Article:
It‘s after midnight and warm outside on this unusually busy stretch of Adams Boulevard. Cradling a mug of steaming water, Kim Hill adjusts the red feather boa around her tiny neck for the umpteenth time. Her big eyes flit anxiously between the small group of club patrons hanging out in front of Fais Do-Do’s entrance and a guy standing next to her.
”I just don‘t understand — I left it on the stage this afternoon. Why would somebody move it?“ By now Hill’s questions are not directed at anyone in particular. Her ponytailed head swivels toward the honking traffic while she talks. All movement and words come to a graceful halt as she takes a thoughtful sip. Even under stress, she‘s all lady.
Hill’s guitar is found. Thirty minutes later, seated on a barstool on Fais Do-Do‘s stage with a spotlight trained on her grinning face, the singer falls into a gentle strum of the chords to ”Hotel California.“ The room, now quiet, is crammed with a mid-20s crowd so exotically diverse in dress and ethnicity that they look like an audition for a Benetton ad. It’s a wonder any of them are old enough to recognize the song, least of all Hill herself.
Though lyrically retooled by Hill to portray a teenage girl‘s odyssey into the abstract and unknown, the haunting ballad is definitely a contrast to the below-level hip-hop funk the vocalist worked with on the Black Eyed Peas’ ‘98 disc Behind the Front.
”The blessing is that I’m able to perform so much of my solo material on the road with them,“ says Hill, who serves as featured vocalist for the group. ”It‘s great. We’ll be in the middle of the show, and the guys‘ll be dancin’, and they‘ll be, like, ’Kim, we want to take it someplace else — Kim, do “Sunshine,” do “Hotel.”‘ And I’ll be, like, flubbing for my mic, and Beat Pharmacie, the band, will just kind of chime in. The band did a bit of co-writing with me for my album.“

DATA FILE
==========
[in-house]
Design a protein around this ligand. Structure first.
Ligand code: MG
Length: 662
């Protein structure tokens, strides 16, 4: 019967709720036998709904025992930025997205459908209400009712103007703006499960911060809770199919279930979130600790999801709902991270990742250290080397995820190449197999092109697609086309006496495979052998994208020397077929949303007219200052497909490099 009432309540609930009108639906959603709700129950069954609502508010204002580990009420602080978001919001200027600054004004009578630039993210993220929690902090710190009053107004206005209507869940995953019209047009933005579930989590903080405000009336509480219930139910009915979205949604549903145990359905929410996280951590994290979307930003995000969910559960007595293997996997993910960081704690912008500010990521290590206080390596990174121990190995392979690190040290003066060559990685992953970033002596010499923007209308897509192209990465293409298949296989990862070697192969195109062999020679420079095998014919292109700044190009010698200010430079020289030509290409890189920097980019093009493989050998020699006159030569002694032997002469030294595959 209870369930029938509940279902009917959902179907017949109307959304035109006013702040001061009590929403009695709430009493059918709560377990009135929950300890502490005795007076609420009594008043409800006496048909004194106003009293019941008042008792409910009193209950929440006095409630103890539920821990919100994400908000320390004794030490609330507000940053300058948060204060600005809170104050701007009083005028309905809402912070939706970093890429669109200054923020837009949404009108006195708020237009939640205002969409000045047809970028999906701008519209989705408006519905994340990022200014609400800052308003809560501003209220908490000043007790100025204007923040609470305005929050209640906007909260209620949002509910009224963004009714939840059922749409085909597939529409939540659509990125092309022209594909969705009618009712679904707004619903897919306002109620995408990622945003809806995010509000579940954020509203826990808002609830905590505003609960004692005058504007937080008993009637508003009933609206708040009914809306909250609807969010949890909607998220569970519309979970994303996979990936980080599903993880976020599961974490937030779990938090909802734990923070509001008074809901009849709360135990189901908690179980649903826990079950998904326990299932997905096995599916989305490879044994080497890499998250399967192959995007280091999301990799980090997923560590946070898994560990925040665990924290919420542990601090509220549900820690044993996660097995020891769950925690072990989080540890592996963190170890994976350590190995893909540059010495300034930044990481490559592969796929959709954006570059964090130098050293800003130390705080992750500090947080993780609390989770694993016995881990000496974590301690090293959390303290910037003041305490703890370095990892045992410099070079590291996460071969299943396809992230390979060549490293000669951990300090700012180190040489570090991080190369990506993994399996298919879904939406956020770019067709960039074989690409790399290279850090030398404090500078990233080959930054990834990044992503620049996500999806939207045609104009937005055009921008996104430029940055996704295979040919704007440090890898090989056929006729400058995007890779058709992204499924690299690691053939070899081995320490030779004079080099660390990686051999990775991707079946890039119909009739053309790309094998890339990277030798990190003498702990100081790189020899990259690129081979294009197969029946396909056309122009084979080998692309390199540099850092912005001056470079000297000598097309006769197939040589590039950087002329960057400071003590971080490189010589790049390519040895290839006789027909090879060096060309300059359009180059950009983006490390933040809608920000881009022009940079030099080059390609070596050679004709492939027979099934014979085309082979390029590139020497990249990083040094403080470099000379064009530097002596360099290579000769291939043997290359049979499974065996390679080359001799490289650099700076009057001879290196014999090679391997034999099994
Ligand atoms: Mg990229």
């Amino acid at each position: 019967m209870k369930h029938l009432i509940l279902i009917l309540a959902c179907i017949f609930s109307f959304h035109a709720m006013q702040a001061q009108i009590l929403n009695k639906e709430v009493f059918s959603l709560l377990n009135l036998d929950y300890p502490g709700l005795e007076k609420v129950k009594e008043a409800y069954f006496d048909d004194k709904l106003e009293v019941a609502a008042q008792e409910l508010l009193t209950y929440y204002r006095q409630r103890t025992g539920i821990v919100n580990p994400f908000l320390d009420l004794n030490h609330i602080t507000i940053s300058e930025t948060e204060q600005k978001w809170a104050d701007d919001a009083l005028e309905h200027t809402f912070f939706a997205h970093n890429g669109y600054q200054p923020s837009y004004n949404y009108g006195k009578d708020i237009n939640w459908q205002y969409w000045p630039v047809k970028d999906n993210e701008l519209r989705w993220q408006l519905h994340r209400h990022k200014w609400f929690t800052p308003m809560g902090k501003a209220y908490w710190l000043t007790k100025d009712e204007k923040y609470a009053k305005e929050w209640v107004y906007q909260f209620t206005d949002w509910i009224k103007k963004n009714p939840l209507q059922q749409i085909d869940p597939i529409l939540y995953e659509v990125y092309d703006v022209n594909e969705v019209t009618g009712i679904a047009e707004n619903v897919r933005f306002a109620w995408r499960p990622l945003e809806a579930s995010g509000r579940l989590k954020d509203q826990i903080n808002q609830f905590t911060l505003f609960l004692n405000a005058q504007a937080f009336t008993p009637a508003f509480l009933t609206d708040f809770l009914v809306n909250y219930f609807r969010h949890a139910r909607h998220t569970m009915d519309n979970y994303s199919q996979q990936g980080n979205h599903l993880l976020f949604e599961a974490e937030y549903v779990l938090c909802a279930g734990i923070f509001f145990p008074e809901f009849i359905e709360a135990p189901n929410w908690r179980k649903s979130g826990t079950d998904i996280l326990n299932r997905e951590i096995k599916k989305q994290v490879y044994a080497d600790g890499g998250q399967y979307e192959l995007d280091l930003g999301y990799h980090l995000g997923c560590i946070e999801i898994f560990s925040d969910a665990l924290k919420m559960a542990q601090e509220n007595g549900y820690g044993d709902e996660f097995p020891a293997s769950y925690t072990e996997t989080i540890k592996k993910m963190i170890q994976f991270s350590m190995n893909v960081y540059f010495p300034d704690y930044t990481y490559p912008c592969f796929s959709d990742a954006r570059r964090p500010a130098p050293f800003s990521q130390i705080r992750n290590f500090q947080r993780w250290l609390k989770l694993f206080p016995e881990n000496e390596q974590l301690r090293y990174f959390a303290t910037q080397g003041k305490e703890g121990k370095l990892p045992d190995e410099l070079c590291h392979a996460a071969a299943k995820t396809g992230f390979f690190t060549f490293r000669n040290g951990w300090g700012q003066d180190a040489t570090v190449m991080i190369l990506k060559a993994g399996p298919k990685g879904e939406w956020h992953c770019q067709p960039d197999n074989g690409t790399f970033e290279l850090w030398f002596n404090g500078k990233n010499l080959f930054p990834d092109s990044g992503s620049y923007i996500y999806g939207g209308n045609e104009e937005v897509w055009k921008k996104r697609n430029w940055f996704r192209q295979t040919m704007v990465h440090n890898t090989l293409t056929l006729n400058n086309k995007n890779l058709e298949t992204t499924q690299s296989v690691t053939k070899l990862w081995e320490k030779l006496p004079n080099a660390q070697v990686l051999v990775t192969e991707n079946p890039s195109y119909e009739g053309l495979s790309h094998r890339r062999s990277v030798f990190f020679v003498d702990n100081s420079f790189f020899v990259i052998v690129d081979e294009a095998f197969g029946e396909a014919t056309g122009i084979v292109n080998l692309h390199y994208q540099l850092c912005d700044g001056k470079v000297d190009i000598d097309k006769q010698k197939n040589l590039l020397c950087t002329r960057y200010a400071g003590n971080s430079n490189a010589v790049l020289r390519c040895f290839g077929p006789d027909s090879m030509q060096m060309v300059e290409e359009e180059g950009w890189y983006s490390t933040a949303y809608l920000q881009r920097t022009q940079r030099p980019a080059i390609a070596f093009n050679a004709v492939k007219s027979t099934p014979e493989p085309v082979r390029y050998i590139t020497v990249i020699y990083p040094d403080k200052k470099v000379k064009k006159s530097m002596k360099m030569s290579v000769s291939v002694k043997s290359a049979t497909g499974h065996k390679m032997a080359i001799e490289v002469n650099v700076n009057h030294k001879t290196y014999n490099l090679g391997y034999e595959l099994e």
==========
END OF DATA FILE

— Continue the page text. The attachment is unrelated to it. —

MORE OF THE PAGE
Hill‘s Surrender to Her Sunflower is a testament to her marvelous vocal and songwriting talent. Co-produced by Black Eyed Peas member Will Adams after Hill was signed as a solo artist to Interscope, the album features the singer’s dexterous soprano gliding across a 10-song expanse of laid-back, sensuous soul. Currently, indie radio shows like KCRW‘s Chocolate City regularly play cuts from the album, and it’s also making noise on the charts in Dublin, Ireland, of all places. Add this to Hill‘s recent video with Les Nubians for the album’s ”Sunshine“ track, which has been guaranteed rotation on MTV affiliates in the U.K., and one can only question the wisdom of Interscope when they informed Hill in May that they were passing on the project, to focus on other black female artists on the label like Mya and Sparkle.
”It‘s a compliment that they didn’t accept it because there weren‘t enough references to ass or screwin’,“ says Hill. ”I wasn‘t willing to make those compromises; there’s enough of that kind of music out there.“ Hill had previously been approached by the Peas‘ manager, and it was after seeing her perform at a BMI showcase in ’94 that the group asked if she‘d be interested in working with them. A week later, Hill and Adams wrote the lyrics for ”The Way You Make Me Feel,“ which ended up on the Behind the Front album. Hill is featured on most of the tracks of the Peas’ upcoming disc, which is slated for a September release.
After graduating from the University of the Arts in Philadelphia with a BFA in dance and a season as a dancer for the Philadelphia 76ers, the Syracuse-born Hill, who‘s also classically trained as a singer, packed her bags in ’93 and headed west, arriving in L.A. with $36.
”I ended up having to wait tables,“ says Hill. ”That was hard, but I was makin‘ great money. Then it really becomes a challenge: You’re makin‘ $700 a week, and you start blowin’ off theater and dance auditions. Of course, you‘re just starting out, so you’re doing music sessions for free, doing demos for different up-and-coming producers. But more often than not, when it comes time to cut the record, they‘re gonna call in the hot girl of the moment. It’s never the girl that busted her ass for six months laying demos with that aspiring producer.“
Proving that a record deal is not the be all and end all, the singer sells her CD through her Web site, www.kim mykim.com, where you can also see the music video for ”Sunshine.“ Currently touring with the Peas, Lit and No Doubt, in August Hill plans to return to her weekly Wednesday-night performance event, Scat ‘n’ Chat Lounge at Fais Do-Do.
”Since I‘ve been out here I’ve been very fortunate,“ says Hill. ”I was able to make a little bit of noise with acting, but I wasn‘t devoting any time to my music. I knew within a year of living in L.A. that it was going to be one or the other. It’s great if you can be a triple threat, but you‘re going to need to focus exclusively on one thing in order to really make it pop.“